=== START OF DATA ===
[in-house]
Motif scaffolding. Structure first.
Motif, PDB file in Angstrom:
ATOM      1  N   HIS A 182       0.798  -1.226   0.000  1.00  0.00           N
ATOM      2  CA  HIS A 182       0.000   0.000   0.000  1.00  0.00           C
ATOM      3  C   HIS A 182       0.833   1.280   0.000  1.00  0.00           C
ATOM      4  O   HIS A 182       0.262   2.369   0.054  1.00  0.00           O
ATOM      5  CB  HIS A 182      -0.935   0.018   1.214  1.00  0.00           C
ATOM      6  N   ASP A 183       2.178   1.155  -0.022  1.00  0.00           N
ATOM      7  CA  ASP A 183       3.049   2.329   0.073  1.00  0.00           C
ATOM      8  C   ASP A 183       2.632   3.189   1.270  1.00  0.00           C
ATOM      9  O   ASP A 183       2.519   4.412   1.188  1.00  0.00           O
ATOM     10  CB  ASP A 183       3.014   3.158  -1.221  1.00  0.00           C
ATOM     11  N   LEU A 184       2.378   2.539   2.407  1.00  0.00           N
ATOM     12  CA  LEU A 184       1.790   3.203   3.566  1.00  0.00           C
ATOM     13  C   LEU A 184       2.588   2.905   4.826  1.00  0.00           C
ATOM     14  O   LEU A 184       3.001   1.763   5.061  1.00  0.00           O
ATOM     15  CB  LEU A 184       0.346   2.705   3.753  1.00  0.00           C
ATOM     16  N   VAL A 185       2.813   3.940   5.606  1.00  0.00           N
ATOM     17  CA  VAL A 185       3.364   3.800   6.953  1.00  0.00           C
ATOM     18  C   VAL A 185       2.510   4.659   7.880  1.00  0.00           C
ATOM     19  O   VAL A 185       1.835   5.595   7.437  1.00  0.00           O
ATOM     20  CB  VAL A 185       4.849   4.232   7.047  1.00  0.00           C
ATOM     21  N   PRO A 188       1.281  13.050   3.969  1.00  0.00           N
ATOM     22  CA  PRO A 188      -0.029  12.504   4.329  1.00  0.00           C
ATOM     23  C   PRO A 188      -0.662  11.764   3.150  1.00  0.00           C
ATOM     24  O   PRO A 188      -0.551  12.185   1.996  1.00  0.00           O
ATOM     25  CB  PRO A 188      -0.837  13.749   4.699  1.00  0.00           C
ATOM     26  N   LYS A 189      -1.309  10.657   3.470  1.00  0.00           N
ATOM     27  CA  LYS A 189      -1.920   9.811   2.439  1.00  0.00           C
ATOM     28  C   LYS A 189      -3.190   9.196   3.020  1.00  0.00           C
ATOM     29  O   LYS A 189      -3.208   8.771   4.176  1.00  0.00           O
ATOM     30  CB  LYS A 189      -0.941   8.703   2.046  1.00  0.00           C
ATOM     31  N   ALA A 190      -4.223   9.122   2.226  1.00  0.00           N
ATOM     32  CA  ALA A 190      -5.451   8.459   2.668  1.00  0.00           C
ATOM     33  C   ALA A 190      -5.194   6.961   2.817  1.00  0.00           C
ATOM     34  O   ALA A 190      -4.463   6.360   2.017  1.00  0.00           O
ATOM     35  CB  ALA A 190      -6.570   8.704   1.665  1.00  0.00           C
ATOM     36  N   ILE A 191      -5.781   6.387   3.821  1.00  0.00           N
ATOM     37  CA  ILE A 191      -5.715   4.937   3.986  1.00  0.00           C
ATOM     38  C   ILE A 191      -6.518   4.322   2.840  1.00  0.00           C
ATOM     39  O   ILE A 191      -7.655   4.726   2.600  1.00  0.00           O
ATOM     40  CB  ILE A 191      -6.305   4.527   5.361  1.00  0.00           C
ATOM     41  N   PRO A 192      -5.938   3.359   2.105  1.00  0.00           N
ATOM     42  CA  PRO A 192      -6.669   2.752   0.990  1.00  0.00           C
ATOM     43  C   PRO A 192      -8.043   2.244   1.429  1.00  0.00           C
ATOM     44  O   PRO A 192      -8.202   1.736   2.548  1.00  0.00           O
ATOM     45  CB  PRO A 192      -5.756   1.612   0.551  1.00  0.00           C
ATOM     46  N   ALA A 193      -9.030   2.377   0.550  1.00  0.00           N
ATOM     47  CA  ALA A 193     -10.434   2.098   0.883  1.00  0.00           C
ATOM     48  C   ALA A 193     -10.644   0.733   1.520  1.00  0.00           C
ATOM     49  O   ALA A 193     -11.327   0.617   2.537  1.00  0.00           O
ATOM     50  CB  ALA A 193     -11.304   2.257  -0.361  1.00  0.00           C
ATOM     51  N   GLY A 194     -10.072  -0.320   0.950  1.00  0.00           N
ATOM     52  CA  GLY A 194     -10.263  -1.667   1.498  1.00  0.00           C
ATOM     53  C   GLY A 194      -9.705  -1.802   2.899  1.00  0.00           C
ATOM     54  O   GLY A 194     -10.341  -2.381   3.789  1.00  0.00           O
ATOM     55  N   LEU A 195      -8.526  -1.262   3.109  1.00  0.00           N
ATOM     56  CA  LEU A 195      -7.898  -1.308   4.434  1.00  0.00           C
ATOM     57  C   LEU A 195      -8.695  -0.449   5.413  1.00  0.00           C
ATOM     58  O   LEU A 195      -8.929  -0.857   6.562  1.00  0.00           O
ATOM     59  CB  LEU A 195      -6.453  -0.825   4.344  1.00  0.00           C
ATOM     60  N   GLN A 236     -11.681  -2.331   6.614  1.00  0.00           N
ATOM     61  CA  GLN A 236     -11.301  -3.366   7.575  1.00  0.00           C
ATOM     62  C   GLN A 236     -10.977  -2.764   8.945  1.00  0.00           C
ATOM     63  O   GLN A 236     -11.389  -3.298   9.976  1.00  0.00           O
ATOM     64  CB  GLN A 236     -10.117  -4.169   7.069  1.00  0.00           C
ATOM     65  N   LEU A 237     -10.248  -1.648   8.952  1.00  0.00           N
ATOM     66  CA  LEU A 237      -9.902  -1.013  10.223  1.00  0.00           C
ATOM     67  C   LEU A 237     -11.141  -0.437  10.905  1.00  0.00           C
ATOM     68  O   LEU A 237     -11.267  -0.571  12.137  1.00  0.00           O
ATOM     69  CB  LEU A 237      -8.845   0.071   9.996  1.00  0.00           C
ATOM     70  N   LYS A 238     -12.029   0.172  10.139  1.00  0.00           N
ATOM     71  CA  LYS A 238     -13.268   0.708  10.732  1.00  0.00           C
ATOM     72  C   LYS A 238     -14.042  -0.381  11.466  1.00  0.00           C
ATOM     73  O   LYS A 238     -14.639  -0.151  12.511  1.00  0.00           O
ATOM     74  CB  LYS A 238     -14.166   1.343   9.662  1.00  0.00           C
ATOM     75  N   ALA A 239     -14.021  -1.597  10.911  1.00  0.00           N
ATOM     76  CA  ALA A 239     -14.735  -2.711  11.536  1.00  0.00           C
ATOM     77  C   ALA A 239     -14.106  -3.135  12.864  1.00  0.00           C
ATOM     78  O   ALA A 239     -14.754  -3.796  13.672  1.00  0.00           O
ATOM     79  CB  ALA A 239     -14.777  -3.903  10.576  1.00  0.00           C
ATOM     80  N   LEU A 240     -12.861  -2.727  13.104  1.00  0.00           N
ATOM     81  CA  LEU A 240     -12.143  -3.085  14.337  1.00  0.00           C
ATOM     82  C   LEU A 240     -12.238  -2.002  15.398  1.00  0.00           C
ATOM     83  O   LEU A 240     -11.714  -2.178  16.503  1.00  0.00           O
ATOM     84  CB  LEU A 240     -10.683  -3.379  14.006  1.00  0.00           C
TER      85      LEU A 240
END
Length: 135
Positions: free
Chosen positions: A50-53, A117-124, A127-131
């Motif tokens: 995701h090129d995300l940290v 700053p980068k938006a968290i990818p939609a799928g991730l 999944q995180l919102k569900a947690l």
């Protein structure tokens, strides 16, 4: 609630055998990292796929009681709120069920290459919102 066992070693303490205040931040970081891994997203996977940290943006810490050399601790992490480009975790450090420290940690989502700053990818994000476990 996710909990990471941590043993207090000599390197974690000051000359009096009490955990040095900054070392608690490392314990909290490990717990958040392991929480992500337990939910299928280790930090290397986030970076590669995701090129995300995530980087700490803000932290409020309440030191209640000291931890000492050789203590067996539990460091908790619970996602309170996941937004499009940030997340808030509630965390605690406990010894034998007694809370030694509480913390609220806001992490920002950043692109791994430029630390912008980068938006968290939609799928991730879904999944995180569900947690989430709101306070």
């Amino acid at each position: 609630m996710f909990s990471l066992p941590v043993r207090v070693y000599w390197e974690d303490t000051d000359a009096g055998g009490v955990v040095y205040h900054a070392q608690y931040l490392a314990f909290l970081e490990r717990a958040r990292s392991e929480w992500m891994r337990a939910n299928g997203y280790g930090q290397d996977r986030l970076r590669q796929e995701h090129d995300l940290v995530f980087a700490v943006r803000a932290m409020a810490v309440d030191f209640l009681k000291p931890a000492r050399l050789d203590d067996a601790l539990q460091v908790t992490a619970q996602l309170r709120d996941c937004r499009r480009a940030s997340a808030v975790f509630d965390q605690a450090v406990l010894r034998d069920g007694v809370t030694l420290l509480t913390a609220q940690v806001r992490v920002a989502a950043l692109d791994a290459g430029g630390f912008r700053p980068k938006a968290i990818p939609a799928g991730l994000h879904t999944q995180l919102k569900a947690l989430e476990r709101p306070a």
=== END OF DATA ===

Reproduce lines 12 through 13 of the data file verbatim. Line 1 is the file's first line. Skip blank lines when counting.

ATOM      9  O   ASP A 183       2.519   4.412   1.188  1.00  0.00           O
ATOM     10  CB  ASP A 183       3.014   3.158  -1.221  1.00  0.00           C